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    Fifth-generation district heating and cooling systems: A review of recent advancements and implementation barriers
    Gjoka, K ; Rismanchi, B ; Crawford, RH (PERGAMON-ELSEVIER SCIENCE LTD, 2023-01)
    As global urbanisation levels continue to rise, supplying urban areas with low emissions energy becomes imperative in the fight against climate change. In areas with high demand density, district heating and cooling systems are generally a more efficient alternative compared to individual solutions, but current systems are mainly powered by fossil fuels and suffer from significant thermal losses due to high operating temperatures. Fifth-generation district heating and cooling systems (5GDHC) is a promising technology, able to address these drawbacks. 5GDHC systems operate at near ambient temperature, ensuring efficient integration of renewable energy sources and waste heat recovery potential. Their ability to provide simultaneous heating and cooling through the same pipeline and bidirectional energy flows allow for load balancing through the harvesting of demand synergies between different users. 5GDHC systems can play an important role in the energy transition but not much is known about their environmental performance over their life cycle and the novelty of the concept means that planning and design guidelines are scarcely present in the literature, hindering their development and further adoption. This study critically reviews recent advancements in the relevant literature as the 5GDHC technology transitions from research and development to the demonstration phase. Moreover, the paper addresses the design parameters and methodologies encountered in the literature for the modelling and operation of 5GDHC systems. Finally, the economic and environmental performance are discussed while presenting an overview of future developments and challenges related to full-scale deployment.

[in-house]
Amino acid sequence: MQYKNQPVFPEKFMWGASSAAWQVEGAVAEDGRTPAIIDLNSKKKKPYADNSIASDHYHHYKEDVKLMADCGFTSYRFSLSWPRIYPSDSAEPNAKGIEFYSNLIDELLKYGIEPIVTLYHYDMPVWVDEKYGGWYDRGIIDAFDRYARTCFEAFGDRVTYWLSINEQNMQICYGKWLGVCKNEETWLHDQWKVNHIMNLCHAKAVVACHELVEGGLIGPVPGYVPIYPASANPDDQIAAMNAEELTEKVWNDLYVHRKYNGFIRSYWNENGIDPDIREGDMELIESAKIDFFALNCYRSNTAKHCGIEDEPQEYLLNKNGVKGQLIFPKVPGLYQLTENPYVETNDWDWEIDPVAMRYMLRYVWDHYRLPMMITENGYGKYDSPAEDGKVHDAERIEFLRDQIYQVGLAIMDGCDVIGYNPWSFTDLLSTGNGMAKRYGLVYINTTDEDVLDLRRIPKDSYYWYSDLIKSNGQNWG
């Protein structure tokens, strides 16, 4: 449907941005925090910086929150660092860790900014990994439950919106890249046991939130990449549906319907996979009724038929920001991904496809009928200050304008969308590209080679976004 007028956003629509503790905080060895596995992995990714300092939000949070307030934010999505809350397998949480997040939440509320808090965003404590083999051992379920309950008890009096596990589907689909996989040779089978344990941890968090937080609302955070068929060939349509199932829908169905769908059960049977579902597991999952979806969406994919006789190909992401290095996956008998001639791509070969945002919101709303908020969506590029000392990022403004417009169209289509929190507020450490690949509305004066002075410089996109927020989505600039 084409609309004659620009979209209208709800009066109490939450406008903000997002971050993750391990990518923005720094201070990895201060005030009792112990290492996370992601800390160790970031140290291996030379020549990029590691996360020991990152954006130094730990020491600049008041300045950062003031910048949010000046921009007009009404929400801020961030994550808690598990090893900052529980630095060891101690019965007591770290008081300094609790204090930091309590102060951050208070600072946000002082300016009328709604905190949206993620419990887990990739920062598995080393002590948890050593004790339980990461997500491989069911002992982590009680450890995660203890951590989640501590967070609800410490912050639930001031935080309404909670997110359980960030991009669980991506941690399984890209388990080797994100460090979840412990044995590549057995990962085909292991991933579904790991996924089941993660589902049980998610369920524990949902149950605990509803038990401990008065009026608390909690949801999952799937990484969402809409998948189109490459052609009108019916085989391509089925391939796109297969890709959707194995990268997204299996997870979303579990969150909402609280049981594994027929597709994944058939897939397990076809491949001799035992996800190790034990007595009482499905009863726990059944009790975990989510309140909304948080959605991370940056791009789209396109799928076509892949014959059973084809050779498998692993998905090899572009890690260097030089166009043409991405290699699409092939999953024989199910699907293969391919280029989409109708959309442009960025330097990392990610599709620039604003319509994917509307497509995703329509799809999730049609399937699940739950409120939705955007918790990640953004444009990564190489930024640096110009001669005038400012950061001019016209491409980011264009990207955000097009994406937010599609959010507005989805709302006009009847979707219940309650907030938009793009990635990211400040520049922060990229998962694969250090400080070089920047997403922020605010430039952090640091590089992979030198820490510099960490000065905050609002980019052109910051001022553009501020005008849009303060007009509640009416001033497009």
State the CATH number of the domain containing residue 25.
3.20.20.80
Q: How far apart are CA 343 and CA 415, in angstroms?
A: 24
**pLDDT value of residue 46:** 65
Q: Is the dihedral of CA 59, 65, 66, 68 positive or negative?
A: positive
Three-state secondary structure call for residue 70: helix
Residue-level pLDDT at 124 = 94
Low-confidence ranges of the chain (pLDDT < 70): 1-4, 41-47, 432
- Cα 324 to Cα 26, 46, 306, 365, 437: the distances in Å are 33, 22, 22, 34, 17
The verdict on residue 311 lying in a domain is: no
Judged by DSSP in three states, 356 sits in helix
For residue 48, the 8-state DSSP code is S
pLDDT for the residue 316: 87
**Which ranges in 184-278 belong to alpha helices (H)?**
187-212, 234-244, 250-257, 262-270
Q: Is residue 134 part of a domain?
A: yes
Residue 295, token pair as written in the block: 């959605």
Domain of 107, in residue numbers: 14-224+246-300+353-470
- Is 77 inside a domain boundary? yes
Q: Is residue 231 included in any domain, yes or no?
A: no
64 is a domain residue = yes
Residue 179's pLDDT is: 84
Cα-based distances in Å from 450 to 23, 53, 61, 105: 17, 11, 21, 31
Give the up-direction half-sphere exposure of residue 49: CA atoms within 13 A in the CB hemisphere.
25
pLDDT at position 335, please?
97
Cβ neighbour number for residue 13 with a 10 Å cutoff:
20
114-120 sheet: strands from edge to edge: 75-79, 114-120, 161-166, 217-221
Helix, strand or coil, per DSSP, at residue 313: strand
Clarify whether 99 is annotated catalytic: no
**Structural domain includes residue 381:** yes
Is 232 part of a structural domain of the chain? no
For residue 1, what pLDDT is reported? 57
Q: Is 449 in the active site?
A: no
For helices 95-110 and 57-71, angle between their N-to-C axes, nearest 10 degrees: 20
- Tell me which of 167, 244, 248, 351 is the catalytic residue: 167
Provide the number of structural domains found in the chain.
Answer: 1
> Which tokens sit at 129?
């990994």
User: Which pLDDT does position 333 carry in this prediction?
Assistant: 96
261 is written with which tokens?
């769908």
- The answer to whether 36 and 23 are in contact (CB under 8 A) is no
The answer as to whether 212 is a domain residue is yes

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    Integrating embodied greenhouse gas emissions assessment into the structural design of tall buildings: A framework and software tool for design decision-making
    Helal, J ; Stephan, A ; Crawford, RH (ELSEVIER SCIENCE SA, 2023-10-15)
    Urgent changes are needed in the construction industry to address the adverse effects of material production on the environment. The construction of tall buildings results in a high temporal and spatial concentration of greenhouse gas (GHG) emissions. This is largely due to the compounding influence of wind and earthquake loads on structural material requirements. Thus, to meet short-term climate change mitigation goals, the structural design of tall buildings must consider and minimise the embodied GHG emissions of structural systems. This study aimed to develop a framework to inform the design of tall building structural systems in order to minimise their embodied GHG emissions. A software tool was developed to implement the framework and automate the design, analysis, and embodied GHG emissions assessment of structural systems for tall buildings. Approximately 1,000 building models were iteratively designed, analysed, and assessed using the software tool. Through regression analyses, the resulting dataset was used to construct predictive models for the embodied GHG emissions of 12 unique combinations of structural system typologies and materials. By applying the framework and software tool to a 52-storey case study building, it is estimated that optimising structural material choices and geometric design strategies could reduce the embodied GHG emissions of tall building structural systems by up to 20% compared to current practices. The developed framework and software tool allow designers to use environmental assessment as a design decision-making tool, rather than an appraisal method for evaluating completed buildings, helping to reduce the environmental effects associated with tall building construction.
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    Towards a holistic assessment of circular economy strategies: The 9R circularity index
    Muñoz, S ; Hosseini, MR ; Crawford, RH (Elsevier BV, 2024-06-01)